The Nutrition for Growth Commitments

World leaders are gathering today in Rio de Janeiro to highlight progress made since the first Nutrition for Growth (N4G) Summit in 2013, and to reaffirm their commitment to ending malnutrition in all its forms. This excerpt from the 2016 Global Nutrition Report reviews the N4G commitments.
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Guest Blog: We won’t end malnutrition without toilets

Ending malnutrition requires action on many fronts, writes Barbara Frost, Chief Executive of WaterAid.
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#NutritionReport: It’s time to put our health at the heart of food systems

Children at a project we support in Bangladesh (photo: Darren Fletcher/Save the Children)

Children at a project we support in Bangladesh (photo: Darren Fletcher/Save the Children)

You’ve got to admit even in a world drowning in facts, the four below from the 2015 Global Nutrition Report are really staggering:

  1. 794 million people do not get the energy they need from their food.
  2. 2 billion do not get the nutrients they need from their food.
  3. 1.9 billion are overweight or obese.
  4. No country is immune to the serious economic and social burdens of malnutrition.

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Live Q&A: What needs to happen NOW to end global malnutrition?

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One of the most pressing challenges facing our planet is malnutrition, which affects citizens of every country in the world from the least developed to the most. >> Read more

Nutrition by the Numbers: Feeding the Data Revolution

When I got my start working on nutrition programs in sub-Saharan Africa thirty years ago, our tools for collecting and reporting data were simple: it was considered a huge innovation when we started using portable computers to calculate anthropometric indices from measures of a child’s height, weight and estimated age, instead of having to look them up manually on a chart. Back then, few of us could have predicted where modern technology would take global health and development data: cell phone reporting systems for healthcare workers, public online data platforms by the World Bank and other major donors, satellite and sensor technology to predict famine and disease outbreaks  – these innovations were unimaginable thirty years ago. >> Read more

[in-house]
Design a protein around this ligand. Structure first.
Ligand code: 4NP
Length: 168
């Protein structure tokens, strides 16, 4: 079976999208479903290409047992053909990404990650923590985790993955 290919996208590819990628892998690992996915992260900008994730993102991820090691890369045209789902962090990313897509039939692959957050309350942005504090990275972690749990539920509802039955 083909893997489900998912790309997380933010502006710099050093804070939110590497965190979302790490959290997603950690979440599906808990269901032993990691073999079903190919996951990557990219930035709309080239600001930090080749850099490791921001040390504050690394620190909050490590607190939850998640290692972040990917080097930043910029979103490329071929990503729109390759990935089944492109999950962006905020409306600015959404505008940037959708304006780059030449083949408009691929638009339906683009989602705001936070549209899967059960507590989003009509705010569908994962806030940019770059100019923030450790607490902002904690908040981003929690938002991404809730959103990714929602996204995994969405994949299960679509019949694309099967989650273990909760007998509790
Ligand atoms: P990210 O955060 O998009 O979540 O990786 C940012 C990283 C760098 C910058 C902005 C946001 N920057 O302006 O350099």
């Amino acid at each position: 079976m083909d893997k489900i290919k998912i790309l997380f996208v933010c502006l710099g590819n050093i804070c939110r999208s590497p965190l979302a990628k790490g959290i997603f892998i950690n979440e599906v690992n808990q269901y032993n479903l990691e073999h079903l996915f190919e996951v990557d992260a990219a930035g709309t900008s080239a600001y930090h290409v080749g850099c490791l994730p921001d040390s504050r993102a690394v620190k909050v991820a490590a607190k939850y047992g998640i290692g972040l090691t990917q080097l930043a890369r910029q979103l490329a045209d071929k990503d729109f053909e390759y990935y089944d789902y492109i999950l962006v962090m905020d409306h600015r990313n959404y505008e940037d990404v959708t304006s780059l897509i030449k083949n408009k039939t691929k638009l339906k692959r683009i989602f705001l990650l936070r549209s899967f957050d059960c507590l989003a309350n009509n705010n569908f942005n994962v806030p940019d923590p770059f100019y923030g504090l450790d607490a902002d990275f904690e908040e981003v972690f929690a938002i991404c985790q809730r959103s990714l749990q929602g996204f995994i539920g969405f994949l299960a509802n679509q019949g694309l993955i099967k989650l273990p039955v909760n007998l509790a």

Towards the Next Horizon for Nutrition – Capacity Development

No one can deny that the Millennium Development Goals have focused the world’s attention on critical issues and have saved lives. But most of the successes have been unrelated or indirectly related to achievements in improving the nutritional status of the worlds’ most vulnerable—and improving nutrition is one of the most powerful ways to advance health and development. As global leaders move toward the Sustainable Development Goals, we need to invest in leadership and capacity development for improved nutrition.

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Does Fortifying Food Improve Nutrition for the Poorest People?

Globally, deficiencies in micronutrients are staggering in scale. According  to some estimates, between 40 and 60 percent of all children in developing countries suffer negative health consequences from not receiving enough iron, and a similar percentage don’t get enough Vitamin A.

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